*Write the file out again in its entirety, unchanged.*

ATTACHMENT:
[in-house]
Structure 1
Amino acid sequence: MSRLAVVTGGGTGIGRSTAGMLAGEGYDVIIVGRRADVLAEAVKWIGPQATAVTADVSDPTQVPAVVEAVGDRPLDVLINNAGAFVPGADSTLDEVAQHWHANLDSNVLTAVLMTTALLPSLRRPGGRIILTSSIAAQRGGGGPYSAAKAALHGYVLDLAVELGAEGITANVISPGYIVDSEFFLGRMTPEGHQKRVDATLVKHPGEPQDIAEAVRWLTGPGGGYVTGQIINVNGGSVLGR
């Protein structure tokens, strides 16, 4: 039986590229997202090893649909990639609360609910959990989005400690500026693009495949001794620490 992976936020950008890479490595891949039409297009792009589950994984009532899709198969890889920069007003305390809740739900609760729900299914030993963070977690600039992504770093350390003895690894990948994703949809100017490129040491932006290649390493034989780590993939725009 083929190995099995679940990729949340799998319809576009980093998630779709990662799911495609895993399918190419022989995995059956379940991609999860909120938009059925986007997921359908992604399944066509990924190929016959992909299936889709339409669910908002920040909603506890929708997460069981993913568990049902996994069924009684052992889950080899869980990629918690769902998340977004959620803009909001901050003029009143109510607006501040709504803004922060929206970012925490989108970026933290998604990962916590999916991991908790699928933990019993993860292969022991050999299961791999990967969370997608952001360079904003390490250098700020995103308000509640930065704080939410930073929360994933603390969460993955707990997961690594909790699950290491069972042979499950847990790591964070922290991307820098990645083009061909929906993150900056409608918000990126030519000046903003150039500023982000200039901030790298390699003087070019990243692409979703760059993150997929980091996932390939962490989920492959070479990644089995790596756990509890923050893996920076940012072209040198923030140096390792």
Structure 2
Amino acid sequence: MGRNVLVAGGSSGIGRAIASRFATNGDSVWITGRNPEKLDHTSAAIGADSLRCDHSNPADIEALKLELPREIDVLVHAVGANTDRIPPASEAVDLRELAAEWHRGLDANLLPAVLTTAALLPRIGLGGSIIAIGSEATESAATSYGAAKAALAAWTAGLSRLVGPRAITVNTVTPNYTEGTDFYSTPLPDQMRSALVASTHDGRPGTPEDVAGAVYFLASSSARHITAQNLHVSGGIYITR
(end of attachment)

[in-house]
Structure 1
Amino acid sequence: MSRLAVVTGGGTGIGRSTAGMLAGEGYDVIIVGRRADVLAEAVKWIGPQATAVTADVSDPTQVPAVVEAVGDRPLDVLINNAGAFVPGADSTLDEVAQHWHANLDSNVLTAVLMTTALLPSLRRPGGRIILTSSIAAQRGGGGPYSAAKAALHGYVLDLAVELGAEGITANVISPGYIVDSEFFLGRMTPEGHQKRVDATLVKHPGEPQDIAEAVRWLTGPGGGYVTGQIINVNGGSVLGR
């Protein structure tokens, strides 16, 4: 039986590229997202090893649909990639609360609910959990989005400690500026693009495949001794620490 992976936020950008890479490595891949039409297009792009589950994984009532899709198969890889920069007003305390809740739900609760729900299914030993963070977690600039992504770093350390003895690894990948994703949809100017490129040491932006290649390493034989780590993939725009 083929190995099995679940990729949340799998319809576009980093998630779709990662799911495609895993399918190419022989995995059956379940991609999860909120938009059925986007997921359908992604399944066509990924190929016959992909299936889709339409669910908002920040909603506890929708997460069981993913568990049902996994069924009684052992889950080899869980990629918690769902998340977004959620803009909001901050003029009143109510607006501040709504803004922060929206970012925490989108970026933290998604990962916590999916991991908790699928933990019993993860292969022991050999299961791999990967969370997608952001360079904003390490250098700020995103308000509640930065704080939410930073929360994933603390969460993955707990997961690594909790699950290491069972042979499950847990790591964070922290991307820098990645083009061909929906993150900056409608918000990126030519000046903003150039500023982000200039901030790298390699003087070019990243692409979703760059993150997929980091996932390939962490989920492959070479990644089995790596756990509890923050893996920076940012072209040198923030140096390792």
Structure 2
Amino acid sequence: MGRNVLVAGGSSGIGRAIASRFATNGDSVWITGRNPEKLDHTSAAIGADSLRCDHSNPADIEALKLELPREIDVLVHAVGANTDRIPPASEAVDLRELAAEWHRGLDANLLPAVLTTAALLPRIGLGGSIIAIGSEATESAATSYGAAKAALAAWTAGLSRLVGPRAITVNTVTPNYTEGTDFYSTPLPDQMRSALVASTHDGRPGTPEDVAGAVYFLASSSARHITAQNLHVSGGIYITR